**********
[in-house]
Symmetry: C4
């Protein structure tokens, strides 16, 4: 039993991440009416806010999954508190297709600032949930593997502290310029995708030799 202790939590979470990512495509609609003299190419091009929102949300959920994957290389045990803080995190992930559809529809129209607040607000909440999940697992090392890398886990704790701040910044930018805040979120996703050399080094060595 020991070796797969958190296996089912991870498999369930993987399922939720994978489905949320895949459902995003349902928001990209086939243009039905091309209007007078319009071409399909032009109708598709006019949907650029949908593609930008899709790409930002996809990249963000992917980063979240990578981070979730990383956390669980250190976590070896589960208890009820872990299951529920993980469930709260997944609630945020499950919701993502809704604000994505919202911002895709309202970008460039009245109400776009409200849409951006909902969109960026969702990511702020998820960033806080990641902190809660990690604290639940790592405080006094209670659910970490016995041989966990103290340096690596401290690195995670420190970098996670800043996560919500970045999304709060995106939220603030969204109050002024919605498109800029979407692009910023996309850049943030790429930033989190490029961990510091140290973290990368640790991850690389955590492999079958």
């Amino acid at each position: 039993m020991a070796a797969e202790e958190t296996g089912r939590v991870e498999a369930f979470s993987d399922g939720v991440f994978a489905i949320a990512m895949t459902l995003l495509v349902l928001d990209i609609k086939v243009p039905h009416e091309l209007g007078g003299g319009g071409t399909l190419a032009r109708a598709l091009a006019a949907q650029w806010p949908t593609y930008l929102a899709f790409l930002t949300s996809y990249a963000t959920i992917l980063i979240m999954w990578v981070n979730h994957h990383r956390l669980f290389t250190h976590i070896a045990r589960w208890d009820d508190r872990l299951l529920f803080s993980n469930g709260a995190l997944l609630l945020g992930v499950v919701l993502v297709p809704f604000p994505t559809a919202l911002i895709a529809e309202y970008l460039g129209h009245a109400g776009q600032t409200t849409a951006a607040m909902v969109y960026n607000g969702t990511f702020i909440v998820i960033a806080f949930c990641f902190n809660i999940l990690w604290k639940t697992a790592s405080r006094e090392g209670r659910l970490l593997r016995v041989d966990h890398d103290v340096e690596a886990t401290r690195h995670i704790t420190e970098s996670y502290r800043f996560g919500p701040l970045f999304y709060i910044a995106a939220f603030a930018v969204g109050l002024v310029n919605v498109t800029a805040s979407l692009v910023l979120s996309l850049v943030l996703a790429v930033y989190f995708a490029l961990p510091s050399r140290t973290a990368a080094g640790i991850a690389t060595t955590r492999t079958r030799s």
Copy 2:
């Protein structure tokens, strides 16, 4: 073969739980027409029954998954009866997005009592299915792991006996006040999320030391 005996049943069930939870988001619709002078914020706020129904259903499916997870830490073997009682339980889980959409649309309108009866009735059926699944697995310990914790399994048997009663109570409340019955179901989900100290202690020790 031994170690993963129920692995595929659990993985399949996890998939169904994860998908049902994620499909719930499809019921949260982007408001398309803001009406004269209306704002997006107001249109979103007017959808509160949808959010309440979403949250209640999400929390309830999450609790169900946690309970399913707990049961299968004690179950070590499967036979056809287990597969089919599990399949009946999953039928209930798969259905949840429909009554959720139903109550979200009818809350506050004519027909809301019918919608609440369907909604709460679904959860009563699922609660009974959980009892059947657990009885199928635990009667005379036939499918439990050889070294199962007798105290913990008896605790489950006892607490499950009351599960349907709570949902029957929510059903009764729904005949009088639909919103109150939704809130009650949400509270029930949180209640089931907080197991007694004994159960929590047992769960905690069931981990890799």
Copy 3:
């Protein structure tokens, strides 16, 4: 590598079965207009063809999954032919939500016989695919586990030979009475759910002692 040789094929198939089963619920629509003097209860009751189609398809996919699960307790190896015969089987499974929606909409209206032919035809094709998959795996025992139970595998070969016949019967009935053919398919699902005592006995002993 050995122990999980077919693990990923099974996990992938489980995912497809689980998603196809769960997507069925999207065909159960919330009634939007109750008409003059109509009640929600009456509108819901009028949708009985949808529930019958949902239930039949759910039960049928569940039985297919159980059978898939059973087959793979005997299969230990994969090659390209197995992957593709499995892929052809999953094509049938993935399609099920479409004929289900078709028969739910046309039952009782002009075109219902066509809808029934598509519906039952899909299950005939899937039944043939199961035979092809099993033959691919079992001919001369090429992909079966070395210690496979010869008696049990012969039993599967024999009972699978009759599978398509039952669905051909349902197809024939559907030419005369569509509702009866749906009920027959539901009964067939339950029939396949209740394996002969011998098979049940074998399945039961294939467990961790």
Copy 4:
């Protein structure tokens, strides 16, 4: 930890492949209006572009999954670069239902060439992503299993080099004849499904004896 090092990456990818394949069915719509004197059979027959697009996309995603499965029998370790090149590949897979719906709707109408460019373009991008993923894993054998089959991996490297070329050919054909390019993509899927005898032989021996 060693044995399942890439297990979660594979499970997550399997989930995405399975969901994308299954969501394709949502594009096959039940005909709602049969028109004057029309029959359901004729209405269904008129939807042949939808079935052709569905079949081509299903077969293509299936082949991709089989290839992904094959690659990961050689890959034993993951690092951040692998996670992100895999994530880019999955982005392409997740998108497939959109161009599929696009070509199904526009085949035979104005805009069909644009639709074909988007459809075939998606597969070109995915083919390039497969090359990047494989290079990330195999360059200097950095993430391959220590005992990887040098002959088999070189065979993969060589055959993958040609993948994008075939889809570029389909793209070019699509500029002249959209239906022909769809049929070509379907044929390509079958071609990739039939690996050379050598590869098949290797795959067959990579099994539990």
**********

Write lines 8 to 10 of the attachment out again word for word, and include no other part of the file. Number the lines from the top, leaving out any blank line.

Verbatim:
């Protein structure tokens, strides 16, 4: 590598079965207009063809999954032919939500016989695919586990030979009475759910002692 040789094929198939089963619920629509003097209860009751189609398809996919699960307790190896015969089987499974929606909409209206032919035809094709998959795996025992139970595998070969016949019967009935053919398919699902005592006995002993 050995122990999980077919693990990923099974996990992938489980995912497809689980998603196809769960997507069925999207065909159960919330009634939007109750008409003059109509009640929600009456509108819901009028949708009985949808529930019958949902239930039949759910039960049928569940039985297919159980059978898939059973087959793979005997299969230990994969090659390209197995992957593709499995892929052809999953094509049938993935399609099920479409004929289900078709028969739910046309039952009782002009075109219902066509809808029934598509519906039952899909299950005939899937039944043939199961035979092809099993033959691919079992001919001369090429992909079966070395210690496979010869008696049990012969039993599967024999009972699978009759599978398509039952669905051909349902197809024939559907030419005369569509509702009866749906009920027959539901009964067939339950029939396949209740394996002969011998098979049940074998399945039961294939467990961790």
Copy 4:
């Protein structure tokens, strides 16, 4: 930890492949209006572009999954670069239902060439992503299993080099004849499904004896 090092990456990818394949069915719509004197059979027959697009996309995603499965029998370790090149590949897979719906709707109408460019373009991008993923894993054998089959991996490297070329050919054909390019993509899927005898032989021996 060693044995399942890439297990979660594979499970997550399997989930995405399975969901994308299954969501394709949502594009096959039940005909709602049969028109004057029309029959359901004729209405269904008129939807042949939808079935052709569905079949081509299903077969293509299936082949991709089989290839992904094959690659990961050689890959034993993951690092951040692998996670992100895999994530880019999955982005392409997740998108497939959109161009599929696009070509199904526009085949035979104005805009069909644009639709074909988007459809075939998606597969070109995915083919390039497969090359990047494989290079990330195999360059200097950095993430391959220590005992990887040098002959088999070189065979993969060589055959993958040609993948994008075939889809570029389909793209070019699509500029002249959209239906022909769809049929070509379907044929390509079958071609990739039939690996050379050598590869098949290797795959067959990579099994539990």